For as long as Izzy can remember, she’s been surrounded by art.
“My dad’s a musician. My mom did a lot of visual art in college and still does a lot of printmaking,” Izzy said, “and so I was raised in this creative environment.’’
“From a young age, I really liked drawing,’’ Izzy said. “And then in high school, it’s just been a passion of mine.”
When Izzy learned of the Pilot Program in her sophomore year, things took off – or, in Izzy’s words, this was when “that passion really turned into a bigger part of my life.”
Izzy’s styles, methods, and tastes have been liquid, constantly molding and evolving, but one constant is the role of writing and poetry.
“I like to pair words with images,” she said, “and the words tend to express a feeling or emotion or thought that I’m having or experiencing in life, and then the image sort of is just goes off whatever the words say.’’
“I’ll do some journaling,” she said. “I’ll sort of let all my words come out on the paper. So words always come first.”
More recently, she decided to start up a series of pieces all connected to a central theme. “I ask people about different topics that they wanted me to make art about, and I got a lot about abandonment,” she said, “which is sort of a deep topic and not something that I have personally a lot of experience with, thankfully.’’
When she begins, Izzy finds it helpful to do a little brainstorming first. “I will start to think about different symbols that I associate with that specific topic,” she said.“So for this specific one, I was thinking a lot about chairs and household objects. Things that you sort of associate with a home. And you know I tend to use chairs, stairs and boxes quite a bit in my art.”
The next decision Izzy makes is about color. “For this specific set I wanted some really bright colors to stand out,” she said,”in contrast with the darker objects.’’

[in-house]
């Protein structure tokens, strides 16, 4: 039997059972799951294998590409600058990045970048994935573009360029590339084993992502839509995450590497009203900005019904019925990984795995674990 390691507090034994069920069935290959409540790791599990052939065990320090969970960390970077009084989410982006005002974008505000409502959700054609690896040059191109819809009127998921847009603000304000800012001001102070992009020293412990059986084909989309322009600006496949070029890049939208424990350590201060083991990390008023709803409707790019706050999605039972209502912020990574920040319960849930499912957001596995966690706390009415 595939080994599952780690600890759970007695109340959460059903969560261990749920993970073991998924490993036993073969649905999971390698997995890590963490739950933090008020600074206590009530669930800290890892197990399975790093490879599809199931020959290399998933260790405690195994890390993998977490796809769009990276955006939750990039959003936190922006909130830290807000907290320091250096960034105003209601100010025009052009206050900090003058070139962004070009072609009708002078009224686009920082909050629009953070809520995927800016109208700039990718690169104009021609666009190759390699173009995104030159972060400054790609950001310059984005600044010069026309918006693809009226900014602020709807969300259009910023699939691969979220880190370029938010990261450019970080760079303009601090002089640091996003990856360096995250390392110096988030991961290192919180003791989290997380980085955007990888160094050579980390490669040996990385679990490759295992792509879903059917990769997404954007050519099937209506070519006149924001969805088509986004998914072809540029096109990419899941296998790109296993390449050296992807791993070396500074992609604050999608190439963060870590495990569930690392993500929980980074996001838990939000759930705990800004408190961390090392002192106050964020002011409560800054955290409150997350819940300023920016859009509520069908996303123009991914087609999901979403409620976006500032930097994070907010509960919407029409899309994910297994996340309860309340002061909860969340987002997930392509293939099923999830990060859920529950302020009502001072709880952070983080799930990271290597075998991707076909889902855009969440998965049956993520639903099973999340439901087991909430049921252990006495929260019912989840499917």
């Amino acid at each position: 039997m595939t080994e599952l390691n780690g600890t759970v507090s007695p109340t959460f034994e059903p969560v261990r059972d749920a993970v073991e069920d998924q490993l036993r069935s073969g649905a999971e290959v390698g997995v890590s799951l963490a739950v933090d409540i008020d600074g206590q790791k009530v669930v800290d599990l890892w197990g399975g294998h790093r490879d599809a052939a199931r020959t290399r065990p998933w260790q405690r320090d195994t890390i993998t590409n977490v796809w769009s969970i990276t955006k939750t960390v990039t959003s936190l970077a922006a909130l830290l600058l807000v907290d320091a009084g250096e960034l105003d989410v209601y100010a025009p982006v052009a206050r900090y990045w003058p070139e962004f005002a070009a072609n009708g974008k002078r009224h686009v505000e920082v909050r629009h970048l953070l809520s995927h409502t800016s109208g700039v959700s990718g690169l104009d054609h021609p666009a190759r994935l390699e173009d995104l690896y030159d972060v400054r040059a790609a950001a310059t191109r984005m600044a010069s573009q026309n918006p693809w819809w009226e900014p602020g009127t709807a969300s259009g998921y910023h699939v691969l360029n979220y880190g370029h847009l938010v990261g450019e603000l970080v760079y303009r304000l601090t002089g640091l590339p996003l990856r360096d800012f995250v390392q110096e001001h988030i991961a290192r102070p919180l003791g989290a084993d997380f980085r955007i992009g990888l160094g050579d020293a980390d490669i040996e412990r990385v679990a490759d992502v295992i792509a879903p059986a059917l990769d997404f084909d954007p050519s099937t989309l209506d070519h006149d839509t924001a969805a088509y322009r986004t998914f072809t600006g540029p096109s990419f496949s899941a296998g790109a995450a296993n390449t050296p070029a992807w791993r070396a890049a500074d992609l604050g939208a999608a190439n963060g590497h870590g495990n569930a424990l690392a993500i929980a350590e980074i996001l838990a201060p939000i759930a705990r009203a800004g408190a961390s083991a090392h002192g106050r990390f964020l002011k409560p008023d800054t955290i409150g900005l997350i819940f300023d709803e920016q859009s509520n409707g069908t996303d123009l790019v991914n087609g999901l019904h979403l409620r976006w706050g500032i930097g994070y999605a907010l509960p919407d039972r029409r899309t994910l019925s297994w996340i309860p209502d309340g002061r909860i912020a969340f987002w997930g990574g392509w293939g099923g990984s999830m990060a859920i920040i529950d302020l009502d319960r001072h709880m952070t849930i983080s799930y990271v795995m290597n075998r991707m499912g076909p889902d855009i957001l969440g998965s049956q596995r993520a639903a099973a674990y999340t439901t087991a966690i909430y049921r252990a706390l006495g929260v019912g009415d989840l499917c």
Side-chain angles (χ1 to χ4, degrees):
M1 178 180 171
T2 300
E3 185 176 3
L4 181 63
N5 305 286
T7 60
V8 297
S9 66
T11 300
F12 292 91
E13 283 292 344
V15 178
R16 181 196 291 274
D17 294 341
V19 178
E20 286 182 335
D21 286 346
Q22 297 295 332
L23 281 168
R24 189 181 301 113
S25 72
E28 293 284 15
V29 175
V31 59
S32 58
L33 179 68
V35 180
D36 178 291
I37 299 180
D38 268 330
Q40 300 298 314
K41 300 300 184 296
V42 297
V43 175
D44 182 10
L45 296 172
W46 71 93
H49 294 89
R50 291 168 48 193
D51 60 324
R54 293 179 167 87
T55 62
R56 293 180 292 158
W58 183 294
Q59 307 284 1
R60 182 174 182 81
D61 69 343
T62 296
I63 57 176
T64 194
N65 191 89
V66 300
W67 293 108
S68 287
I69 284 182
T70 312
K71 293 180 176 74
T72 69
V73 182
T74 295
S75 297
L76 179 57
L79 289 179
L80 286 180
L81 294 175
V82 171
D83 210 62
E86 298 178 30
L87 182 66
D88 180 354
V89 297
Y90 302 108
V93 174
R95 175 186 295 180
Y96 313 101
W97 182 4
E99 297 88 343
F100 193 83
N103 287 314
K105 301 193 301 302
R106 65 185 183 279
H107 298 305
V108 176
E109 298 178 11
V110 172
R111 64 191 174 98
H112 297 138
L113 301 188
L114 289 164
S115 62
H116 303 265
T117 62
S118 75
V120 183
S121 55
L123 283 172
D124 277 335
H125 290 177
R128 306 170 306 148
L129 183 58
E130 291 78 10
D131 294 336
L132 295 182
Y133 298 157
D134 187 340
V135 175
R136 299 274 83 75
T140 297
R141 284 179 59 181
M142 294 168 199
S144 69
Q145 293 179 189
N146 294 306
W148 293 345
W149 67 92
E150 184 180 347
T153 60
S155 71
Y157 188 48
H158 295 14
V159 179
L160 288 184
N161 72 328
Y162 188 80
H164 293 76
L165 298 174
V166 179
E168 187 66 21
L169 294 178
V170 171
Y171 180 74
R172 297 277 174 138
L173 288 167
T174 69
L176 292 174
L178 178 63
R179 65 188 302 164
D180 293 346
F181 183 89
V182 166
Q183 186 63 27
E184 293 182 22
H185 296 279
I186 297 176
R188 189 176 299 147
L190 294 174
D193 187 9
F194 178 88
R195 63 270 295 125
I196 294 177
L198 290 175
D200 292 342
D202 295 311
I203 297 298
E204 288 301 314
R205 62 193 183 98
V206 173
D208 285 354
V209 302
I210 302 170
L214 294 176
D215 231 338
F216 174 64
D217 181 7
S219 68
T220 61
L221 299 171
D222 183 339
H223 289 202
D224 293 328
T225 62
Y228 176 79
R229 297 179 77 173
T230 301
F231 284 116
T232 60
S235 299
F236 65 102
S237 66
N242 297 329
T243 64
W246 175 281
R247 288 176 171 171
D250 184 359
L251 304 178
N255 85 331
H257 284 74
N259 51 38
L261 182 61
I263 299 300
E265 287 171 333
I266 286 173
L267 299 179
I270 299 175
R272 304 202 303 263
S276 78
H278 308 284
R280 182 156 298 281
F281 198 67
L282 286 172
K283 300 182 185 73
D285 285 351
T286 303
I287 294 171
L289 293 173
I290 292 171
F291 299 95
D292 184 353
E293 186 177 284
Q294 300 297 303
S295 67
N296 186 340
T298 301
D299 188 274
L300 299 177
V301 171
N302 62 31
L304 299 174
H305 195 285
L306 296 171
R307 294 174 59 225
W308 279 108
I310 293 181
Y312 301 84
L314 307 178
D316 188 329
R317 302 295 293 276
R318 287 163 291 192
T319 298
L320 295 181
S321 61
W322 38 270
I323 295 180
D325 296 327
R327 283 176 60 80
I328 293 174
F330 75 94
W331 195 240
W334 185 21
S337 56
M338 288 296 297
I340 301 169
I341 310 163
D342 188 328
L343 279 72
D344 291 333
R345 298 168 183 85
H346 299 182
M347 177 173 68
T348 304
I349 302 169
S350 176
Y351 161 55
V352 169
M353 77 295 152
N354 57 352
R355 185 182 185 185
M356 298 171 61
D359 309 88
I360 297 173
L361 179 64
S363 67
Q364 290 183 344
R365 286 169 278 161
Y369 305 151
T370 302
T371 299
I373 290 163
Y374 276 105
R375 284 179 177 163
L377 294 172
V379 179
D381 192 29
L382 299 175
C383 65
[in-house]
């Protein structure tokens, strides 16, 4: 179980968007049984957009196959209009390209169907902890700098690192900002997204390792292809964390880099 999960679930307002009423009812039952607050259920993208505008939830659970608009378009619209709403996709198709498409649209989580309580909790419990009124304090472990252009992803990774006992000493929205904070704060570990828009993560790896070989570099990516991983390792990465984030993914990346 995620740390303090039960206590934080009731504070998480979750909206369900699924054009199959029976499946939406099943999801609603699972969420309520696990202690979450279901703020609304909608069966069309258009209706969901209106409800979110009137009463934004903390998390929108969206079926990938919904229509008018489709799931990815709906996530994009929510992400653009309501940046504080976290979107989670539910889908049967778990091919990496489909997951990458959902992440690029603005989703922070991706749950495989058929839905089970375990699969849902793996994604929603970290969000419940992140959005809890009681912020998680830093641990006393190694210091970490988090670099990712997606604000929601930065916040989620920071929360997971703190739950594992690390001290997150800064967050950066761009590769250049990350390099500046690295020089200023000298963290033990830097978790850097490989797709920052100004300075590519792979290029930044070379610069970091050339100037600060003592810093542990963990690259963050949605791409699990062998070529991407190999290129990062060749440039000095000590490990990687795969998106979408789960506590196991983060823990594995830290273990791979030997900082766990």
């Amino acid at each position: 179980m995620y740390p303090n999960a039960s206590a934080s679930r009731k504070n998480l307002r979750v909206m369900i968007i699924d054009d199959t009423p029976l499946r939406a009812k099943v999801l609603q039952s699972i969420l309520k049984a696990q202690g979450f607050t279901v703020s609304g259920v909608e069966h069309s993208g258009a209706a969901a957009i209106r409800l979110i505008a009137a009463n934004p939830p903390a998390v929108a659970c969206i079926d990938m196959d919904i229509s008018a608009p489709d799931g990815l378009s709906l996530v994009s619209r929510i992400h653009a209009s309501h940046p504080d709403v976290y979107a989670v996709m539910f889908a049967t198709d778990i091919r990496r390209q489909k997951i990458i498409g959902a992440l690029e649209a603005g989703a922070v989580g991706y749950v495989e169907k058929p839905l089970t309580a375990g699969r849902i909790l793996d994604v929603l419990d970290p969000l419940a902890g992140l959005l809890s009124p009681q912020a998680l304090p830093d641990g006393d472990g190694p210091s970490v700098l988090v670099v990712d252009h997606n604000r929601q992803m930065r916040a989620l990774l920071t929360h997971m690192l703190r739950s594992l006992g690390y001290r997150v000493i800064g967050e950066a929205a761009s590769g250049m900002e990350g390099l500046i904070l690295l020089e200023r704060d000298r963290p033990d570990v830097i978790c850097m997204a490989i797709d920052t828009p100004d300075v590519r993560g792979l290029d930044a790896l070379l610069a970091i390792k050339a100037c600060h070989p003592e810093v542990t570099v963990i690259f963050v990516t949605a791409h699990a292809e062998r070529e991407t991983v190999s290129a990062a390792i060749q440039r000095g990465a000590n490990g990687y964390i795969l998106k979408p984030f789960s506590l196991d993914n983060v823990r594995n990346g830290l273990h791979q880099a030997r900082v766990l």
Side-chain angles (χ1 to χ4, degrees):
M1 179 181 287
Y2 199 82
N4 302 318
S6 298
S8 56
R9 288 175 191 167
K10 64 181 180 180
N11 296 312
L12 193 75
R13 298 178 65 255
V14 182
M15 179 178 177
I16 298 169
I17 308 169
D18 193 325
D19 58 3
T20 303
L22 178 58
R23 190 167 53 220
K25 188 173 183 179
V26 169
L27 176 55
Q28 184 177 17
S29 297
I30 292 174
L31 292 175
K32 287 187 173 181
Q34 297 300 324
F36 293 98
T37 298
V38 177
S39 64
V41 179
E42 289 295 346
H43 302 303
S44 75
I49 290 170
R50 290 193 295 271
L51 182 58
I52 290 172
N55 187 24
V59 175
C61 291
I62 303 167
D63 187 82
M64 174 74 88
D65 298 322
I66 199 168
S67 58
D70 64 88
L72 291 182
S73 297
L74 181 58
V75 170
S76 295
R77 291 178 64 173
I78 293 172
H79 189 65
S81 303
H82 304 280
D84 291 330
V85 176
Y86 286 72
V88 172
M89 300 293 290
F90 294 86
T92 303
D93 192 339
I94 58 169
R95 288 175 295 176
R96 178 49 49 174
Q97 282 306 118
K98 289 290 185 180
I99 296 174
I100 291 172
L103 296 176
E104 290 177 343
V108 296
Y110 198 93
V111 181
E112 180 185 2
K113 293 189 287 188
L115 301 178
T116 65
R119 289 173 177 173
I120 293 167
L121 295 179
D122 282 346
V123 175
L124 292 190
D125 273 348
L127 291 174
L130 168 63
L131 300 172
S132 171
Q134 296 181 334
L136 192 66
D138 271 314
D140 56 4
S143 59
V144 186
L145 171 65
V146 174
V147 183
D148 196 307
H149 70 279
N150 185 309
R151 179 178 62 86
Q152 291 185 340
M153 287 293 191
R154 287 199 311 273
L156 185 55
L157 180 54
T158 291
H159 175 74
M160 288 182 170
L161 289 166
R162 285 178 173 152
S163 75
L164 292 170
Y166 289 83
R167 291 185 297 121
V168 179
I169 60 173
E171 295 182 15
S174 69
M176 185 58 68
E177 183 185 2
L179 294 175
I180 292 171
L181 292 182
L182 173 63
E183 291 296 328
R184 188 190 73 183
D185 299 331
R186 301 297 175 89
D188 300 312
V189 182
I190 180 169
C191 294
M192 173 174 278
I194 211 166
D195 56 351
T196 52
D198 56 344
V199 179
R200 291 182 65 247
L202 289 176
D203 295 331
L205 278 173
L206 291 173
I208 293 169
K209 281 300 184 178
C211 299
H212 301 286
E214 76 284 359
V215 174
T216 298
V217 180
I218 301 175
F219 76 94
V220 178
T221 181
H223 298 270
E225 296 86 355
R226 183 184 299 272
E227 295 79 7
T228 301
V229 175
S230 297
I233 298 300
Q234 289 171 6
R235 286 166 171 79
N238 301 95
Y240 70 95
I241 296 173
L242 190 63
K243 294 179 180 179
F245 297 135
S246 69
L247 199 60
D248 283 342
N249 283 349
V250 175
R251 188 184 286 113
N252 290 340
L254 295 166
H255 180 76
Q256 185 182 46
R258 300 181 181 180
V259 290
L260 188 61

Izzy takes her time as she moves through the process. “I’ll just sort of spend some time sitting with these little cutout objects that I’ve drawn,” she said, “and moving them around the paper and experimenting with what looks best.” She cuts away the words one at a time, trying to find the ones that best represent her idea.
The Pilot Program
And where does Izzy see this hobby taking her in the future? She’s not planning on majoring in art, but she can imagine selling her artwork and maybe even publishing a book. “We’ll see what happens, but I definitely want to continue making art just for myself,” she said. “It feels good.”
Izzy said her experience in the Pilot program has followed a lot of different directions. “My first few years here, I was like, ‘I really want to have a specific plan and like, really stick to it,’” she said. “But this is my third year, and at this point, I know myself well enough to know that I make the best art when I just kind of let it unfold.”
“We’re just letting it unfold’’.